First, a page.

Misinformation and Critical Thinking in the Social Media Age
By Jamie Varga
Wherever we stand on the political spectrum, a good number of us fall prey to misinformation in the dialogue that happens on social media. Personally, I stand fast to the point of view that social media and the internet are not causes of any of this, but are simply tools inappropriately wielded as weapons, and the ensuing social breakdown is the result. When discussing the issue of misinformation, it can be hard to stay on target, as the conversation follows a myriad of winding paths and perspectives. For good or bad, recent events have given life to a prime illustration of this machine in action.
A recent article from the Washington Post about former president Donald Trump and some of his allies being banned from Twitter made claims that misinformed Tweets about election fraud dropped by as much as 73% after his ban from the service. This should come as no surprise, since lies and untruths are essentially what Trump’s whole campaign and presidency were built upon. Populist politicians have realized that the latest demographic for them to tap into is the “ordinary citizens” that span all constituencies. Minorities, women, special interest groups, conservative-leaning progressives, and left-leaning right-wingers are all composed of these “ordinary citizens,” and the only thing that stands in the way of uniting them as a majority voice has been a philosophical divide based on each of their principles.
Now, these politicians have somehow convinced us that they are also “ordinary citizens” just like us, and we all share the same principles but have been misled by the mainstream or the alternative depending on which side they are pandering to. Add in the extra spice that there is a legitimate gap ever-expanding between citizens and our leaders as they continue to lose connection to the people and live within a world often without accountability. As that disconnection widens, doubt in facts leads to their dismissal simply with enough public support.
We have slowly gone from a society that once respected facts, education, and the general drive to be correct to a world where people who still stand by these standards are becoming uncommon. There are some big wheels in motion as to why that is, but at the core is the fact that our scholastic standards have been stressed beyond their capacity to cope with this new world of “alternative facts.” The emphasis on being factual in our claims has faded and a window left open, allowing critical thought to be pushed outside; for an example, one needs to look no further than some people’s continued belief in discredited claims of a direct link between vaccines and autism. This lack of critical thought has led to us abandoning the ideal of everyone being entitled to their opinion so long as they could support it, and we are now presented with this distorted view that everyone’s opinion is their own personal truth and if you don’t like it, you can go find your own truth.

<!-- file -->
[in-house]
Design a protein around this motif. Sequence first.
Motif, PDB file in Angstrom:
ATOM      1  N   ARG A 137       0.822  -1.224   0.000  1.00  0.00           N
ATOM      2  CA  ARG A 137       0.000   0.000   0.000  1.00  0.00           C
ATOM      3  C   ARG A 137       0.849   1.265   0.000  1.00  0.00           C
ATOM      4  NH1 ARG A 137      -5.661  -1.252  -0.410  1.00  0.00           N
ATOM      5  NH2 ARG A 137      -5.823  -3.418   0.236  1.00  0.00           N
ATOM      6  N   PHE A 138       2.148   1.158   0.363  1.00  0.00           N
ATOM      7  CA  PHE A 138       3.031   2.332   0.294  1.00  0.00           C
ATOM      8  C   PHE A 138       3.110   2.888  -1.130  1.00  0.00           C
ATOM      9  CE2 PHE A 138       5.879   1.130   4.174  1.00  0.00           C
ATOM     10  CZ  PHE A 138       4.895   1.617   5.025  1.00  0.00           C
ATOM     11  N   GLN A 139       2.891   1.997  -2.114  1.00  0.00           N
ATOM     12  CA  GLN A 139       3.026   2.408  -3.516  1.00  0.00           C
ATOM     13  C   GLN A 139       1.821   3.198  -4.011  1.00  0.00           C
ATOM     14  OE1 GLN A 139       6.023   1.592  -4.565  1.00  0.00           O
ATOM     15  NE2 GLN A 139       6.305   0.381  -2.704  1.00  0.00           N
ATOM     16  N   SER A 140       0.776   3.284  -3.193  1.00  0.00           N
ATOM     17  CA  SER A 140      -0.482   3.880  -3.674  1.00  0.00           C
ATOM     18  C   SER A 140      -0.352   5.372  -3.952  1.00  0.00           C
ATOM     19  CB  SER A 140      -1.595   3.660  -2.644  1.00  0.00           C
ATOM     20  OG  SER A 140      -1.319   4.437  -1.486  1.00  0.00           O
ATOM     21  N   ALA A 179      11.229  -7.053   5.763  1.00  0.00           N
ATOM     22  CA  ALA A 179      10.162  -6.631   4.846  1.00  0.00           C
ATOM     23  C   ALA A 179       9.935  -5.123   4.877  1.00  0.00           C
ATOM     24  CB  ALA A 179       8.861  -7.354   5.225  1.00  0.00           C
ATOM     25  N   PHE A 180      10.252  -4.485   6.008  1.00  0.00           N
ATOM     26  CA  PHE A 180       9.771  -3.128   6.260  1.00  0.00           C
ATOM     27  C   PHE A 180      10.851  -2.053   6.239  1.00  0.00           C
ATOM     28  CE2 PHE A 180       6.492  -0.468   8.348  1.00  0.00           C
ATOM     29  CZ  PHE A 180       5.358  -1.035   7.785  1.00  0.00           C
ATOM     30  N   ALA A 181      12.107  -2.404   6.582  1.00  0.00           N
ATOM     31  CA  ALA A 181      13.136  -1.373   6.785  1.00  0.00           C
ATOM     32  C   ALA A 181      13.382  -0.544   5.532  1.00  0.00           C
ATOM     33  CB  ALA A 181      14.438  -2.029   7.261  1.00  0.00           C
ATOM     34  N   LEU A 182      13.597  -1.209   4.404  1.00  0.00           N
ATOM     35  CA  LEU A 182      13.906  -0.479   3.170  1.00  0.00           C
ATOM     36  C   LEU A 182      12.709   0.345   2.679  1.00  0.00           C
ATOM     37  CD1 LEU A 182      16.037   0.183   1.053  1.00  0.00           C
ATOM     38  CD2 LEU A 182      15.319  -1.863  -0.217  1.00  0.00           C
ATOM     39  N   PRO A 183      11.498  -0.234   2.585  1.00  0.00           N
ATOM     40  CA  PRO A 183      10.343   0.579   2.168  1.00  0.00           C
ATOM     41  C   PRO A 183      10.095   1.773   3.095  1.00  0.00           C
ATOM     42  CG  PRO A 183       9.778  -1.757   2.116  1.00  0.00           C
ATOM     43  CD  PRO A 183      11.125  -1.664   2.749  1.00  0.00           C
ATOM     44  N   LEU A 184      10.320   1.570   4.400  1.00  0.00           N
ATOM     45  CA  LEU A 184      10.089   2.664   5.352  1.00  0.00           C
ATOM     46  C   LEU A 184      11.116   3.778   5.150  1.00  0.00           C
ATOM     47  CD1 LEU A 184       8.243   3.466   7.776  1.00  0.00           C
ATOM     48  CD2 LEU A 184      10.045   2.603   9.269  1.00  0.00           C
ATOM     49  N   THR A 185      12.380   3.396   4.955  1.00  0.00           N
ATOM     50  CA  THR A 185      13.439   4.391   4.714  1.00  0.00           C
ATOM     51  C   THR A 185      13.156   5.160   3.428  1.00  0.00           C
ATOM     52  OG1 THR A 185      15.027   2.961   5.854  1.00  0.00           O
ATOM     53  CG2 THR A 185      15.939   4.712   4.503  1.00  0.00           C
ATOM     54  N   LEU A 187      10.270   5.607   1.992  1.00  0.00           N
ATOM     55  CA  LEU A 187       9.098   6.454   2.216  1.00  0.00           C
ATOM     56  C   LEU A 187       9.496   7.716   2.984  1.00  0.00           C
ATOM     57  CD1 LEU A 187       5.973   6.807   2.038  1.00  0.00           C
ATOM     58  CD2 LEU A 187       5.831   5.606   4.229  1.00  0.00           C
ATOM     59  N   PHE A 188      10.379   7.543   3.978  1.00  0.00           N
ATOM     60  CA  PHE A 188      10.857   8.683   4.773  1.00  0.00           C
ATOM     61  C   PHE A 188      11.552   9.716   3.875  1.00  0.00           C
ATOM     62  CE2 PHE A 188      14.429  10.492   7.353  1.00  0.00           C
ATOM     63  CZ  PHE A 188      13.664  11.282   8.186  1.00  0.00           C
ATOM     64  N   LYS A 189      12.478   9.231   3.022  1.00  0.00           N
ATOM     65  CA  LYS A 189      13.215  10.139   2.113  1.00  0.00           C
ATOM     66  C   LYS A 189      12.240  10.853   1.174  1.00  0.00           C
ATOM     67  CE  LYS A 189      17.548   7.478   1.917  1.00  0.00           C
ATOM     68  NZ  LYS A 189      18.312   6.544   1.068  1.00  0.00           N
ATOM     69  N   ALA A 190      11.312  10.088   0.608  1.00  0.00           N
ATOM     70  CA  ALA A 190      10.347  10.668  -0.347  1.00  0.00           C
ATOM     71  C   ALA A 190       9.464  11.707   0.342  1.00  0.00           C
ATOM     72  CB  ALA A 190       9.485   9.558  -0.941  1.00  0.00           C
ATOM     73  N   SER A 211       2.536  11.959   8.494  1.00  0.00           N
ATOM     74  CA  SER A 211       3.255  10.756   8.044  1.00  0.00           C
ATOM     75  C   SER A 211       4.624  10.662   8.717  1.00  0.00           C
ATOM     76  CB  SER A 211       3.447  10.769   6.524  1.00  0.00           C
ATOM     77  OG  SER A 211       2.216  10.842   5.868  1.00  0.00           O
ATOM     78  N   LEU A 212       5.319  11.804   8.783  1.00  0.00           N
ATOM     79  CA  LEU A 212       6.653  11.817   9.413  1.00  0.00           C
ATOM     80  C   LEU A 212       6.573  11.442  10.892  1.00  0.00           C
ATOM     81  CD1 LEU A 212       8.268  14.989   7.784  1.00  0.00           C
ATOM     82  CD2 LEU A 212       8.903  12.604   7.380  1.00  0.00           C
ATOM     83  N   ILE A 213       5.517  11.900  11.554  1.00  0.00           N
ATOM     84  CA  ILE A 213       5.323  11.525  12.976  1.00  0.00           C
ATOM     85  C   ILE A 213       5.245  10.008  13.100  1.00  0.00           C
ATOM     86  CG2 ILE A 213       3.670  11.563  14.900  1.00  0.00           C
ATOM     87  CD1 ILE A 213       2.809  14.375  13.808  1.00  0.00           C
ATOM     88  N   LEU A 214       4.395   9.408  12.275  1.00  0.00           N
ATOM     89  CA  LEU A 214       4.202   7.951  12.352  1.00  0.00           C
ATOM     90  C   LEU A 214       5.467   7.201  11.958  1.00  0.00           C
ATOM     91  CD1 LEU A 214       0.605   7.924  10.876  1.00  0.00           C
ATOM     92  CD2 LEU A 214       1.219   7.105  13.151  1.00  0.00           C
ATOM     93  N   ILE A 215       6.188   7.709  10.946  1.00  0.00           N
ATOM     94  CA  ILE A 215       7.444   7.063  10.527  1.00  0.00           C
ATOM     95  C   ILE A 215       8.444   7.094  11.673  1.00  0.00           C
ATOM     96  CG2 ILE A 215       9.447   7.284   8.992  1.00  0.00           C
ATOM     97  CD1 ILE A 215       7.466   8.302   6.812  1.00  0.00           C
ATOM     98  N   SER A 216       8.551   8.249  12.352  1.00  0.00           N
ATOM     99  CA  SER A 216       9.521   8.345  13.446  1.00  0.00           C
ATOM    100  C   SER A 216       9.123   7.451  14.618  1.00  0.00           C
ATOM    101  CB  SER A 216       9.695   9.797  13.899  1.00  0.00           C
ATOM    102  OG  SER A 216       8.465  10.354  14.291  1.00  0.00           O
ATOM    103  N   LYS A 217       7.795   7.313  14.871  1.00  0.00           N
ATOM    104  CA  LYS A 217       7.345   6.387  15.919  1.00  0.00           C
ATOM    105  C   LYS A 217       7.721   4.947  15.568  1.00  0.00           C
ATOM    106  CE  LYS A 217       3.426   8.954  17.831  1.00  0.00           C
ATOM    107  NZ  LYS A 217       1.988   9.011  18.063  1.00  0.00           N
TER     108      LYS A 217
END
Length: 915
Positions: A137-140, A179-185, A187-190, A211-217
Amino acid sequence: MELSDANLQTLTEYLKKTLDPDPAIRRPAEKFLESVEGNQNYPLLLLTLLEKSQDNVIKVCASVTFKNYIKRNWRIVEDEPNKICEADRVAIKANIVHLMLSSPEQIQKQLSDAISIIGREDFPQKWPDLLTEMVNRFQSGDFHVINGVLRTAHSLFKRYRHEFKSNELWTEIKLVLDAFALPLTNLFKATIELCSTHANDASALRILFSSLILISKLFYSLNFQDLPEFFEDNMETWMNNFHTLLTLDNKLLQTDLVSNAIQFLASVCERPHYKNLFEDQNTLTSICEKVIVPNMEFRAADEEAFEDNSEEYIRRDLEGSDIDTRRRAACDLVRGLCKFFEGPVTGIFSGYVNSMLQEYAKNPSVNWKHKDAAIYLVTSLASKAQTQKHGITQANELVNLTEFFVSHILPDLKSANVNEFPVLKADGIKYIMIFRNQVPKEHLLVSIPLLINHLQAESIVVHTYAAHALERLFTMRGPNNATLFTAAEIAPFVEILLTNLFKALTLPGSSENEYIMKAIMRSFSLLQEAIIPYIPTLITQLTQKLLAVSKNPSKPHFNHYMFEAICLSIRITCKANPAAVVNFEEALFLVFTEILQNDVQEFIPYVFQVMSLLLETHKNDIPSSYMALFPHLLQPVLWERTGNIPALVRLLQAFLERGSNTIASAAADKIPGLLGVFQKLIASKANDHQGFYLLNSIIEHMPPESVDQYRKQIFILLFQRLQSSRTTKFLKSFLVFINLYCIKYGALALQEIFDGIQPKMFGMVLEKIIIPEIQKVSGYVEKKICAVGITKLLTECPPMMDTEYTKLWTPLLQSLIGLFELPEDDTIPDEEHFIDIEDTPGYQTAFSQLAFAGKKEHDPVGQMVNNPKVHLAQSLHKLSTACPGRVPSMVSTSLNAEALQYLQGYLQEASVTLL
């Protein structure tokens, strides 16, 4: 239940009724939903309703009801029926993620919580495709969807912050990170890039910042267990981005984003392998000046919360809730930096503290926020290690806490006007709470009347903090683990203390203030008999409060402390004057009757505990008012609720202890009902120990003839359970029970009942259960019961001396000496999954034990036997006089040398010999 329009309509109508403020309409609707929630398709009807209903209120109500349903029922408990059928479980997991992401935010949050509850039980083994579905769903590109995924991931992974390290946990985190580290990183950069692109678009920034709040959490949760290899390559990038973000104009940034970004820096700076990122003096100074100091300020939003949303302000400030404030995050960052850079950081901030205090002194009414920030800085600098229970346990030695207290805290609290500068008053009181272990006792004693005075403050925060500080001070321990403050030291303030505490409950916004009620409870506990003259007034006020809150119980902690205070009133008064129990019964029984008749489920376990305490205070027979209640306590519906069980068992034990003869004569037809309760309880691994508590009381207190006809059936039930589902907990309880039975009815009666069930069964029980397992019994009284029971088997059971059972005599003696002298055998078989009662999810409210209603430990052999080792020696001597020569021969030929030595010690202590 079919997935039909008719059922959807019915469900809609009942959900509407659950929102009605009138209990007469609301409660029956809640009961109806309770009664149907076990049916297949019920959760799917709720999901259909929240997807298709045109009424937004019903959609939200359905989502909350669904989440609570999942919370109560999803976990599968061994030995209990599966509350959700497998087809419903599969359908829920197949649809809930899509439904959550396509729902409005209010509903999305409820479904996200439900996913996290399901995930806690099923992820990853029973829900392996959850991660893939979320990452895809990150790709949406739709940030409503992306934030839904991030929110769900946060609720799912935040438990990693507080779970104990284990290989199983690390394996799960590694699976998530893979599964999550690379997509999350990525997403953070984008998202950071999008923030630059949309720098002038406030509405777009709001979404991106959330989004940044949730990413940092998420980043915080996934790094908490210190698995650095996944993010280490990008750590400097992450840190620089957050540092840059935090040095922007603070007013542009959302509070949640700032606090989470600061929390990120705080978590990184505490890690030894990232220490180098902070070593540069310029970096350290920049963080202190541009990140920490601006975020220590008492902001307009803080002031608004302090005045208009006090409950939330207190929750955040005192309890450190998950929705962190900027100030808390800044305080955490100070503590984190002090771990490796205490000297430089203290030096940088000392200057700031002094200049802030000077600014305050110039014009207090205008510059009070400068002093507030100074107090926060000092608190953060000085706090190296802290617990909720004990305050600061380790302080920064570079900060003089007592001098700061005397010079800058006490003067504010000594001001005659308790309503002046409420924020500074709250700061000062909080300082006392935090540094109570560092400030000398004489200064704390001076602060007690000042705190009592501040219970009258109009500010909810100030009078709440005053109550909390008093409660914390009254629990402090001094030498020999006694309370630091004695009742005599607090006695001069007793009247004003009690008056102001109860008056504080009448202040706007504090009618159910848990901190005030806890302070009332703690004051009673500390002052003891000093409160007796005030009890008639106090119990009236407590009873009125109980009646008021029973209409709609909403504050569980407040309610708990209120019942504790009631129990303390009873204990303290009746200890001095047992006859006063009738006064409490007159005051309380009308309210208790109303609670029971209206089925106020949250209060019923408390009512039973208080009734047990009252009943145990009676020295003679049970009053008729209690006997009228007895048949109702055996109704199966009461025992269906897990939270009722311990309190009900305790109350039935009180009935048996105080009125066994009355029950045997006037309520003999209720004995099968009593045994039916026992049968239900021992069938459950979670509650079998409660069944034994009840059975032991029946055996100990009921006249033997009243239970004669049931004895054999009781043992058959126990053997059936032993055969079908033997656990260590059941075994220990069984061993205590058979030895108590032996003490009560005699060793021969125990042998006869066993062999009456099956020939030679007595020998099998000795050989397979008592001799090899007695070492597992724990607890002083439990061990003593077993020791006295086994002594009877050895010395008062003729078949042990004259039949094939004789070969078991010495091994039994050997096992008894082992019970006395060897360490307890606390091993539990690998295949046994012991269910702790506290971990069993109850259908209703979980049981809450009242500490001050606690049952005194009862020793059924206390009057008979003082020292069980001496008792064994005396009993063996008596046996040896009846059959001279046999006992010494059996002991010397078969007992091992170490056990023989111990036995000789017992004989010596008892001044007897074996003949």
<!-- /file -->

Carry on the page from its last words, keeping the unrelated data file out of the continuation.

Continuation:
Sadly, many of us dive into all this willingly, and our very ignorance can blind us from the ability to know whether or not we even know what we are talking about. What you don’t know can hurt you because, if your “expertise” is based on misinformation and you are incorrect, not only will you not know it, you also won’t care when you are contradicted with evidence. This becomes a dangerous state of being for the main reason that we end up arguing over the truth and fallacy of misinformation while the real enemy continues to do its work in the shadows. That enemy is disinformation—the deliberate manipulation of facts to push a particular agenda. By giving into “alternative facts,” we have followed the primrose path by simply smashing that “share” button without even checking to see if what we are sharing is true, and often without even reading the articles at all. All the while, those entities with interest and agenda in controlling certain information take comfort in our oblivion and distraction.
Most upsetting is that very few of us can claim to be innocent of spreading this misinformation. I know I have at one time or another. Like many other personal faults however, I think the first step of recovery is to simply acknowledge that. “My name is Jamie Varga and I have a critical thinking problem….” After that, we can move on to how we fix all of this. Ask questions, investigate, discuss, debate, agree to hold judgement, and most importantly, have a desire to be correct instead of right. My new rule is to question almost everything, and to remember that new facts can change a truth but a perception of truth, on its own, can never alter a fact.